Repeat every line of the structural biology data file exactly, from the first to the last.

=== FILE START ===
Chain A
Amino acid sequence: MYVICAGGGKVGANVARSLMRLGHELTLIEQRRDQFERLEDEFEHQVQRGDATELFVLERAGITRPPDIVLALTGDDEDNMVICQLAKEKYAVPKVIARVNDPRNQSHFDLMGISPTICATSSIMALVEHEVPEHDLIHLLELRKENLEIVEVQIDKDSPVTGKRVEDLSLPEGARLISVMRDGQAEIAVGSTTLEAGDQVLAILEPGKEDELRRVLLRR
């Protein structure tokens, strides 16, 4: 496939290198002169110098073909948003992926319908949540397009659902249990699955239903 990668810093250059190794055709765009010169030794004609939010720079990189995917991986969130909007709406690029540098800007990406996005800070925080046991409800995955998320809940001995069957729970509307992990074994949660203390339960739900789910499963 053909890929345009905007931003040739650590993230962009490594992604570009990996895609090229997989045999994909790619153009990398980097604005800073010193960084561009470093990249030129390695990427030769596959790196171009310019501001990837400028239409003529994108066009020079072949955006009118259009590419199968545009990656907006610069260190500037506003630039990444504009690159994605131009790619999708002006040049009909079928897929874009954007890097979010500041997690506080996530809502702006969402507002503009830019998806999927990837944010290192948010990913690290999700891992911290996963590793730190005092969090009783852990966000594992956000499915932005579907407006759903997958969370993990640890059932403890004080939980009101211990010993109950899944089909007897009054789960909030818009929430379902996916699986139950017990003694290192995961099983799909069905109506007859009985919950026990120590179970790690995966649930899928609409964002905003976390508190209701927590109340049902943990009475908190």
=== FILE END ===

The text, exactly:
Chain A
Amino acid sequence: MYVICAGGGKVGANVARSLMRLGHELTLIEQRRDQFERLEDEFEHQVQRGDATELFVLERAGITRPPDIVLALTGDDEDNMVICQLAKEKYAVPKVIARVNDPRNQSHFDLMGISPTICATSSIMALVEHEVPEHDLIHLLELRKENLEIVEVQIDKDSPVTGKRVEDLSLPEGARLISVMRDGQAEIAVGSTTLEAGDQVLAILEPGKEDELRRVLLRR
């Protein structure tokens, strides 16, 4: 496939290198002169110098073909948003992926319908949540397009659902249990699955239903 990668810093250059190794055709765009010169030794004609939010720079990189995917991986969130909007709406690029540098800007990406996005800070925080046991409800995955998320809940001995069957729970509307992990074994949660203390339960739900789910499963 053909890929345009905007931003040739650590993230962009490594992604570009990996895609090229997989045999994909790619153009990398980097604005800073010193960084561009470093990249030129390695990427030769596959790196171009310019501001990837400028239409003529994108066009020079072949955006009118259009590419199968545009990656907006610069260190500037506003630039990444504009690159994605131009790619999708002006040049009909079928897929874009954007890097979010500041997690506080996530809502702006969402507002503009830019998806999927990837944010290192948010990913690290999700891992911290996963590793730190005092969090009783852990966000594992956000499915932005579907407006759903997958969370993990640890059932403890004080939980009101211990010993109950899944089909007897009054789960909030818009929430379902996916699986139950017990003694290192995961099983799909069905109506007859009985919950026990120590179970790690995966649930899928609409964002905003976390508190209701927590109340049902943990009475908190």